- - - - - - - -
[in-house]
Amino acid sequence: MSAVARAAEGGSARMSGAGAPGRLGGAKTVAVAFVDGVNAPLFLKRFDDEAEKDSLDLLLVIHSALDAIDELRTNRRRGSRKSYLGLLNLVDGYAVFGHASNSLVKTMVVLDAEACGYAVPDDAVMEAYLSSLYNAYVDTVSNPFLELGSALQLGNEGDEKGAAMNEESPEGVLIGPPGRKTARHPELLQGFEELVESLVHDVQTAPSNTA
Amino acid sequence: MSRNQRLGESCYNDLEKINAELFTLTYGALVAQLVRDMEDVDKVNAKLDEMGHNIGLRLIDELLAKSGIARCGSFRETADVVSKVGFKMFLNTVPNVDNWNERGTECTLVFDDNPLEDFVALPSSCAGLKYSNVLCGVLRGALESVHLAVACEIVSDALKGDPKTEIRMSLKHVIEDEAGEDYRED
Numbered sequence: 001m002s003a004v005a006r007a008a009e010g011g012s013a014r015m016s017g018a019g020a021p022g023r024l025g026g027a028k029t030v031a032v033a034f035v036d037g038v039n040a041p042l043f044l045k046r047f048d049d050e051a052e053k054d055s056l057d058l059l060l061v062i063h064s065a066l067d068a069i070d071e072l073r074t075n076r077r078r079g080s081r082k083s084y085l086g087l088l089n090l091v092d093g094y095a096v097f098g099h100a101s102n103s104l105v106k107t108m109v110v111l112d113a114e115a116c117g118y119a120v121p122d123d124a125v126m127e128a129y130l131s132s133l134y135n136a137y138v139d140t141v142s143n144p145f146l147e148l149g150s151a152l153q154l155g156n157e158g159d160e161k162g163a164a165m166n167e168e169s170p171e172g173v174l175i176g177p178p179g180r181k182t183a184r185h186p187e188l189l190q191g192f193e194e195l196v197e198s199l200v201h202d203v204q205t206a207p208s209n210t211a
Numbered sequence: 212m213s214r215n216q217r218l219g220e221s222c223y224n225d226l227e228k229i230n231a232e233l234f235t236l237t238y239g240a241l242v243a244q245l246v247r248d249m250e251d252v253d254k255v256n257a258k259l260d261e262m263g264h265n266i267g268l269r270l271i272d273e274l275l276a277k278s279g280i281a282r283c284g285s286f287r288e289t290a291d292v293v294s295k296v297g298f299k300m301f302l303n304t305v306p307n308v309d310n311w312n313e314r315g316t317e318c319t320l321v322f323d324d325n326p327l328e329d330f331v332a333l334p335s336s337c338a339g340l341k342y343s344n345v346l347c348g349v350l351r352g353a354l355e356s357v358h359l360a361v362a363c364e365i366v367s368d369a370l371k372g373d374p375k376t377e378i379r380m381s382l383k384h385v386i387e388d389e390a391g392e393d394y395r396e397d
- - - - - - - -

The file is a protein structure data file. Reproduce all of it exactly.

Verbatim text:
[in-house]
Amino acid sequence: MSAVARAAEGGSARMSGAGAPGRLGGAKTVAVAFVDGVNAPLFLKRFDDEAEKDSLDLLLVIHSALDAIDELRTNRRRGSRKSYLGLLNLVDGYAVFGHASNSLVKTMVVLDAEACGYAVPDDAVMEAYLSSLYNAYVDTVSNPFLELGSALQLGNEGDEKGAAMNEESPEGVLIGPPGRKTARHPELLQGFEELVESLVHDVQTAPSNTA
Amino acid sequence: MSRNQRLGESCYNDLEKINAELFTLTYGALVAQLVRDMEDVDKVNAKLDEMGHNIGLRLIDELLAKSGIARCGSFRETADVVSKVGFKMFLNTVPNVDNWNERGTECTLVFDDNPLEDFVALPSSCAGLKYSNVLCGVLRGALESVHLAVACEIVSDALKGDPKTEIRMSLKHVIEDEAGEDYRED
Numbered sequence: 001m002s003a004v005a006r007a008a009e010g011g012s013a014r015m016s017g018a019g020a021p022g023r024l025g026g027a028k029t030v031a032v033a034f035v036d037g038v039n040a041p042l043f044l045k046r047f048d049d050e051a052e053k054d055s056l057d058l059l060l061v062i063h064s065a066l067d068a069i070d071e072l073r074t075n076r077r078r079g080s081r082k083s084y085l086g087l088l089n090l091v092d093g094y095a096v097f098g099h100a101s102n103s104l105v106k107t108m109v110v111l112d113a114e115a116c117g118y119a120v121p122d123d124a125v126m127e128a129y130l131s132s133l134y135n136a137y138v139d140t141v142s143n144p145f146l147e148l149g150s151a152l153q154l155g156n157e158g159d160e161k162g163a164a165m166n167e168e169s170p171e172g173v174l175i176g177p178p179g180r181k182t183a184r185h186p187e188l189l190q191g192f193e194e195l196v197e198s199l200v201h202d203v204q205t206a207p208s209n210t211a
Numbered sequence: 212m213s214r215n216q217r218l219g220e221s222c223y224n225d226l227e228k229i230n231a232e233l234f235t236l237t238y239g240a241l242v243a244q245l246v247r248d249m250e251d252v253d254k255v256n257a258k259l260d261e262m263g264h265n266i267g268l269r270l271i272d273e274l275l276a277k278s279g280i281a282r283c284g285s286f287r288e289t290a291d292v293v294s295k296v297g298f299k300m301f302l303n304t305v306p307n308v309d310n311w312n313e314r315g316t317e318c319t320l321v322f323d324d325n326p327l328e329d330f331v332a333l334p335s336s337c338a339g340l341k342y343s344n345v346l347c348g349v350l351r352g353a354l355e356s357v358h359l360a361v362a363c364e365i366v367s368d369a370l371k372g373d374p375k376t377e378i379r380m381s382l383k384h385v386i387e388d389e390a391g392e393d394y395r396e397d